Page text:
The stone brought up from the mine in search of more ore has been used to build wind-resistant walls the dot the desolate landscape. Guard patrols run from wall to wall and have to train their archers to fire with the curvature of the wind. The central kingdom sends their elite archers here to train them in cover based combat, as the conditions of Lor-Ahmek result in archers who can curve their long ranged arrows and hit enemies behind cover.
Food is often scarce and large cave dwelling bat-creatures are raised for their meat and milk. The archers hunt the rabbit-creatures and elk-creatures for meat, and when the massive rhino-moose migrate, it is almost a rite of passage to hunt one of the enormous creatures down as a team. The rough hides of the local fauna are useful, but Lor-Ahmek often trades for finer furs from the South to line their clothes for warmth. Vegetables and fruit are expensive delicacies, since only root-tubers and mushrooms grown in insulated mine shafts.
The King often has to pay mercenaries and merchant caravans to move dangerous prisoners to Lor-Ahmek in exchange for the precious minerals, so a strict royal merchants guild controls the parishes finances. The Monks have taken a vow of poverty and the prisoners make no money so nearly all of the profits go to the King, covering the cost of transportation by the profits made off the gold and iron.
The monks and prisoners have to maintain the ancient crumbling estate and since profits go to the King, very little is provided for upkeep. Grey handmade clay mortar (dug up from the mine) is used for repairs, giving the buildings a cold, unsettling aesthetic.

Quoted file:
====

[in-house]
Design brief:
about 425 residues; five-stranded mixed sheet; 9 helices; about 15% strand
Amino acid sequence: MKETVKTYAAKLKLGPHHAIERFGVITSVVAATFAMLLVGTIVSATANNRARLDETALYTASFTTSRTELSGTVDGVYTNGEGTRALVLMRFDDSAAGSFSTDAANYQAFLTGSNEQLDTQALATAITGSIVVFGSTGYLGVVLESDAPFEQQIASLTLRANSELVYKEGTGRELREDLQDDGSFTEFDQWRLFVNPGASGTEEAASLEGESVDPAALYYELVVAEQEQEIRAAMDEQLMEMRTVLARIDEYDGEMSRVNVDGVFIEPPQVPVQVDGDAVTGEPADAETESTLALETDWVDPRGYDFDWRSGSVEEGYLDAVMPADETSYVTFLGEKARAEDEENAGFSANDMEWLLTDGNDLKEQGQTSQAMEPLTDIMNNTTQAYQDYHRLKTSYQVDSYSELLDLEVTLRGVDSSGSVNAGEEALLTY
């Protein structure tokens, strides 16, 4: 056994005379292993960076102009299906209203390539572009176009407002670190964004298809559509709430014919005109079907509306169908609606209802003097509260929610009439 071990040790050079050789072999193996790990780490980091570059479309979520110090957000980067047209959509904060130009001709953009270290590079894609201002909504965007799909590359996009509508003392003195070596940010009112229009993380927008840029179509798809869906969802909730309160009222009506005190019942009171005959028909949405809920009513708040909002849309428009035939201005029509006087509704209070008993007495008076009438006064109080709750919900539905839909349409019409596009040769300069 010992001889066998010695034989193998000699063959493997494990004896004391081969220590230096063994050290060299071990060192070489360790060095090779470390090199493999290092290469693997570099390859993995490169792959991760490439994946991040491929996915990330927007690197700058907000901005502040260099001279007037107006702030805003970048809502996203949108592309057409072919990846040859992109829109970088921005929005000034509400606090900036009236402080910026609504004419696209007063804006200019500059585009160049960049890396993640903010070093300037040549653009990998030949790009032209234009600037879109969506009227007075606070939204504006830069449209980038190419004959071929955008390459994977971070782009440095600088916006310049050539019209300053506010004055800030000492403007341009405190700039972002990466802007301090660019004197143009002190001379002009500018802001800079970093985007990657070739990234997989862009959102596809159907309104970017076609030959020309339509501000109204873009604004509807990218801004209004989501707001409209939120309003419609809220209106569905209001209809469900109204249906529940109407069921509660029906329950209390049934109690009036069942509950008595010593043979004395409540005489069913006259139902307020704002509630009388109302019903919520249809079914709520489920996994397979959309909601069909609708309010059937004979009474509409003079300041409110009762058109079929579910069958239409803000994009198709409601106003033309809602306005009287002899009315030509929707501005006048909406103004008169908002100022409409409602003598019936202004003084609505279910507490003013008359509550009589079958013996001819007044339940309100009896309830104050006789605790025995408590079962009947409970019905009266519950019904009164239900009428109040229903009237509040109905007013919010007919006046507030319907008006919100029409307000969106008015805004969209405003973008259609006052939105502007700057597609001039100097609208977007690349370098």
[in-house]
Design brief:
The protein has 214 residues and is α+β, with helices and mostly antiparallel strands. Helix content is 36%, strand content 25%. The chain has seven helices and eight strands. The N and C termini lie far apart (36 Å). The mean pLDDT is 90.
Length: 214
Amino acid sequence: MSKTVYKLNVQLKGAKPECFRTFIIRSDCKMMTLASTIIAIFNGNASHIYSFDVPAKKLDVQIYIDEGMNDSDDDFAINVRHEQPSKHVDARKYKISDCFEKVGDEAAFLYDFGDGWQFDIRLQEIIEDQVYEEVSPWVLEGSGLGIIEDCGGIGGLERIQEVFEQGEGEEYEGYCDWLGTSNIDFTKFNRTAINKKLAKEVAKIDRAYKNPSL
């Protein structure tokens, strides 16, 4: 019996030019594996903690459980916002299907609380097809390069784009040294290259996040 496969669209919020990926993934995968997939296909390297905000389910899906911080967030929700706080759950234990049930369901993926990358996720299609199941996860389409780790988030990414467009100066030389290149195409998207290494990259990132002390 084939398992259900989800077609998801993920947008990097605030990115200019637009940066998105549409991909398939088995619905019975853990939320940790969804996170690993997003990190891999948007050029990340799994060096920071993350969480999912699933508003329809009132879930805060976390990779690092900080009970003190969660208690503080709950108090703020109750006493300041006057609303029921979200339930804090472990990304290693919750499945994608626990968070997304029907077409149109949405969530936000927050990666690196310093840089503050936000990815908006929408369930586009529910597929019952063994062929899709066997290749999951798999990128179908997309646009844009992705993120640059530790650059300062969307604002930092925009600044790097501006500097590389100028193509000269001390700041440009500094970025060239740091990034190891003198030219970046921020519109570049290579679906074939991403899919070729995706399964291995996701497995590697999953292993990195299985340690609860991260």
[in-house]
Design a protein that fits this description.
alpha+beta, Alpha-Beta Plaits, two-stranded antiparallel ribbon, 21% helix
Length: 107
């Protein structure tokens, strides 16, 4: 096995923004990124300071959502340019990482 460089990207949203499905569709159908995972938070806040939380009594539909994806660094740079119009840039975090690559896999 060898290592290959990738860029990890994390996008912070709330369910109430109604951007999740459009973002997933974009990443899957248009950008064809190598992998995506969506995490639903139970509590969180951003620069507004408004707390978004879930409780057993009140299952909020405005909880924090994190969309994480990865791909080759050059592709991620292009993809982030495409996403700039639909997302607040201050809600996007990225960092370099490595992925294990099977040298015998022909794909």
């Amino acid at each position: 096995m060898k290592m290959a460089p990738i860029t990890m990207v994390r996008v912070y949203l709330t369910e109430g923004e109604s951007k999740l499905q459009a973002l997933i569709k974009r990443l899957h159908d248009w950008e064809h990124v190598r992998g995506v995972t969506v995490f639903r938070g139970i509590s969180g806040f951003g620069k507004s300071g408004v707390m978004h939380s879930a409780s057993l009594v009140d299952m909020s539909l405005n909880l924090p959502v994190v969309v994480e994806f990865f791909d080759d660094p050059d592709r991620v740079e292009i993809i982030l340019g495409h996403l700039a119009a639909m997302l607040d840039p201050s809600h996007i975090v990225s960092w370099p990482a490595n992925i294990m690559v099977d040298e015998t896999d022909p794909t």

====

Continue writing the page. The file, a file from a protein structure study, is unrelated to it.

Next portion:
The mine itself goes deep into the earth and uses a massive network of pulleys and elevators to move stones and ore. Cave-ins happen as the mine-shafts dig outwards under the surrounding tundra, and sometimes they run into warrens that belong to dangerous burrowing monsters. When this happens the tunnel is intentionally collapsed and the prisoners within are often left for dead.
Already this location provides for many quests and plot threads, such as:
A bounty is placed on one of the Monks: A violent prisoner has paid off their debt and found peace at the parish, but the family of the victim still wants blood. The other monks refuse to let their new brother go since they consider his past sins forgiven, and the target has to be convinced to give himself up, taken by force or allowed to escape his bounty.
A gang of criminals wants you to go into the mines and rescue their trapped comrades: A cave-in trapped some prisoners that were members of a gang. The leader of the gang knows the monks and guards will not spare the men to rescue the prisoners. The gang can’t pay you much but you will earn the favor of the gang if you save their friends in time.
A caravan was lost in the blizzard: The yearly trade caravan of ore was run off the road by a blizzard and the monks worry they will be found by bandits before they get back on the road. A lot of survival and tracking skills are needed to brave the harsh climate and find the lost merchants in time, if they are not rescued the Parish is in great financial danger.
Transport a valuable reliquary: The monks have been using gold to craft a powerful alchemic reliquary and need to hire couriers to move it South undetected. However, this reliquary contains powerful magic and there are shady individuals willing to pay you more to NOT complete your quest.
Ghosts in the Mine: So many prisoners have died untimely deaths in the hungry mines that ghosts are appearing, and hindering the mining operations. Adventurers who can banish the dark spirits will be well rewarded to cover up the indifference of the monk overseers.
Master Archery Challenge: An elderly guard has valuable information for the adventurers current main quest, but he won’t share his secrets until a member of the party proves themselves on the ice fields. A high level ranger or rouge might be able to compete against the Master Archer and victory might result in learning the secret techniques of the Lor-Ahmek. (Basic Ranged Attacks now ignore cover bonuses.)
There are lots of other techniques for fast world building but building stories through what they need/have is one of my favorites.
Let me know if you want to see more guides to World-Building/Character Building.